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Tesla Motors Demonstrates Battery Swapping as a Quick Recharge Solution

By Jacob Brown | June 21, 2013
What are your reservations about electric cars? They're too expensive? They're getting cheaper. They can't go more than 80 or 90 miles on a charge? The Tesla Model S has shown us that it's possible to go more than 260 miles on a charge. They charge too slowly? Tesla has knocked charging times down to under 30 minutes with its supercharger network that allows for long-distance driving. But what if 30 minutes just isn't quick enough? Tesla CEO Elon Musk demonstrated last night how to get over that problem with battery swapping that can be done in about 90 seconds, without drivers ever having to get out of their vehicles.
So how does it work? The Tesla Model S was designed from the get-go to have a quick-changing battery pack swap. Using just a few nuts on the bottom of the car, the Tesla driver will stop over a pit in the floor that will have a machine that unbolts the 1,000-pound battery from underneath the car, lowers it, and replaces it with a fully charged replacement. Then, it retorques the nuts that held the battery in exactly to factory specification.
At the event, two Tesla Model S sedans drove over a pit to have their batteries replaced with a video of an Audi being fueled at a gas pump running simultaneously. Tesla figures that the fastest pump in Los Angeles can refuel a gas-powered car at a rate of 10 gallons per minute.
How much does it cost? Tesla Motors CEO Elon Musk said that you could either have free use of a supercharger or pay a little money for the swap and have a fully charged battery immediately without having to wait in line to plug in. The automaker will have a variable rate for the battery-swapping service, basing it on the local cost of 15 gallons of gas. Musk estimates an average swap will range in cost from $60 to $80, which will be charged to a credit card number the company has on-hand. The driver will never have to get out of his or her car.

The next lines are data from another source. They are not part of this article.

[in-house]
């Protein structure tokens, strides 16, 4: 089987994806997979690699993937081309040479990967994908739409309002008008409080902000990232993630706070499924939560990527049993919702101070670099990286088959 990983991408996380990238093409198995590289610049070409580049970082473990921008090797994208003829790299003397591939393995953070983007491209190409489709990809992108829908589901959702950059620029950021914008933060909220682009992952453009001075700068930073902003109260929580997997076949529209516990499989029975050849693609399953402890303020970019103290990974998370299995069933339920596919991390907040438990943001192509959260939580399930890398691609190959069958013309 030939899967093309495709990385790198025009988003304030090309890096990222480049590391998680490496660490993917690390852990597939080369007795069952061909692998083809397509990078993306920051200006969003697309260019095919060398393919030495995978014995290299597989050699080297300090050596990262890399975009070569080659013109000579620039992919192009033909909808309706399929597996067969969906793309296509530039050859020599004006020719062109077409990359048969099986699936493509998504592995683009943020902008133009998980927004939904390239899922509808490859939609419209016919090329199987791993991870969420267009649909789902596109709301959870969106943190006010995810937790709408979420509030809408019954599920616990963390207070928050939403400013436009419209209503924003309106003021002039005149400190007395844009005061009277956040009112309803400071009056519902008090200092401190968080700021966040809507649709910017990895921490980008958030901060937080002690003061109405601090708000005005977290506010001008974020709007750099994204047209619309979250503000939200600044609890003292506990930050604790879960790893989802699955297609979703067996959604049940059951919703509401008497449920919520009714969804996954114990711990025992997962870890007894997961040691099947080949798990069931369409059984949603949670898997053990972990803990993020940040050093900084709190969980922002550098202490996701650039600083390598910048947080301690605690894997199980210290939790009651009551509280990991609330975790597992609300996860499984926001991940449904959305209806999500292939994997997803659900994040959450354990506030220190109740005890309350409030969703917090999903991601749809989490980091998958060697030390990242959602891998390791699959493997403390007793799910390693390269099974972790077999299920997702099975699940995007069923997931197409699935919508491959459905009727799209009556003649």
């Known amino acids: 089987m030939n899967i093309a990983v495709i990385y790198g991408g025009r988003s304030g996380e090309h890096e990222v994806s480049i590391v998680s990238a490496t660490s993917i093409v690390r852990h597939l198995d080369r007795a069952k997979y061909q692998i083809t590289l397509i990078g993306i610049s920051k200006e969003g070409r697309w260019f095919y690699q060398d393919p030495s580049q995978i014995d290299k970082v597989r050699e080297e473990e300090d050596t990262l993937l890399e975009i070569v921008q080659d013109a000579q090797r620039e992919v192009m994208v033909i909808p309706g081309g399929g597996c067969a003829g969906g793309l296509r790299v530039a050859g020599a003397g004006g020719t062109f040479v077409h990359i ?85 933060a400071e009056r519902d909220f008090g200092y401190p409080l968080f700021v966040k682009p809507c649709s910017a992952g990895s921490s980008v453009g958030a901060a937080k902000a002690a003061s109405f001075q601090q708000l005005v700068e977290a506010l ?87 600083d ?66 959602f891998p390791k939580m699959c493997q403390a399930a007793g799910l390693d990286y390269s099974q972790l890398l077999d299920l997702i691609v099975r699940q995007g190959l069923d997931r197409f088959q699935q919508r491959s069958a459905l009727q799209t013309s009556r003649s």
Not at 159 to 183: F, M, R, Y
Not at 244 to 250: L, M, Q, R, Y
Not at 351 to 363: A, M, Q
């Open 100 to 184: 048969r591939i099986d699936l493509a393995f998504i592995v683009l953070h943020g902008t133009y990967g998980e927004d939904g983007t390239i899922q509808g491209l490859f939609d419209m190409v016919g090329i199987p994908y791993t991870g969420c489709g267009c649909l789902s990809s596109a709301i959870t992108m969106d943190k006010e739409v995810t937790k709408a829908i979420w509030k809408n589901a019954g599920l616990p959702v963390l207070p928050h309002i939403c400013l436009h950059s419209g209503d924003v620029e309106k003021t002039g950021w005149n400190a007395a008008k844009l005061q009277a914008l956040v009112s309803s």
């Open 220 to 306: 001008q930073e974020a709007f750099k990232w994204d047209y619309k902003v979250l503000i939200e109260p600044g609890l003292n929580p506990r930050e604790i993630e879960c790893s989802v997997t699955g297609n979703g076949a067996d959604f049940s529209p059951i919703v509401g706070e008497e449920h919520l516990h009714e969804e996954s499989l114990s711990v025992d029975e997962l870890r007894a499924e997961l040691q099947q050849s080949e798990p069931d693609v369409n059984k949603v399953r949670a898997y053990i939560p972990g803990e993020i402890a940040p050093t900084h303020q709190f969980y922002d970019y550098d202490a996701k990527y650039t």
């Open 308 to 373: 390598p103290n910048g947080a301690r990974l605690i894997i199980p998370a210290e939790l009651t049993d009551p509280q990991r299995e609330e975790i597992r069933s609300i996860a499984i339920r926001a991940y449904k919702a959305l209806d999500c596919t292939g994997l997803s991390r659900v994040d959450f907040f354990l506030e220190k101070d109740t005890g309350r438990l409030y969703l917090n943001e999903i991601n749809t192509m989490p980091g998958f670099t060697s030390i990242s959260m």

If the Tesla driver decides upon coming back from a long trip that he or she wants to keep the just-swapped new battery, he or she will be charged the difference in value based on the year of the battery. Or the driver can just grab the battery that came with the car for another $60 to $80 to have it reinstalled. Tesla will be keeping a small warehouse of owner battery packs on-site for storage as well as new, fully charged battery packs for swaps.
Can I do it with my Tesla? If you have an 85-kilowatt-hour battery pack in your car, sure. If you purchased a 40- or 60-kWh Tesla Model S, the service won't be available at launch. And it's not available for the Tesla Roadster or the Tesla-sourced Toyota RAV4 EV. Musk said the service will be available for Model X crossover that's bowing at the end of 2014. It should also be possible with the forthcoming entry-level Tesla that Musk says will start at around $35,000 without incentives and have a 200-mile range.
The problem with the small Tesla is that its floor will be smaller than the Model S, which means that the computer-controlled robots will have to be reprogrammed to bolt and unbolt the battery pack. Tesla still has about three years to figure out how to do that. Musk also said that after a few years, the company may consider licensing the technology to outside companies that are deemed reputable and can provide the service with the level of quality expected from the company.
Where will the battery-swapping service be available? Musk says they'll be coming to supercharger stations in the fall, starting with the Los Angeles and San Francisco areas initially. There will be a small place where owners will be able to drive in and drive off with their new battery packs. As always, supercharger stations will be free to use for Tesla Model S owners. But if your time is worth a little more than the $60 to $80 the company anticipates it will cost to swap, you may want to consider going in for the new battery pack when the service reaches reality.
Check the video below for the demonstration.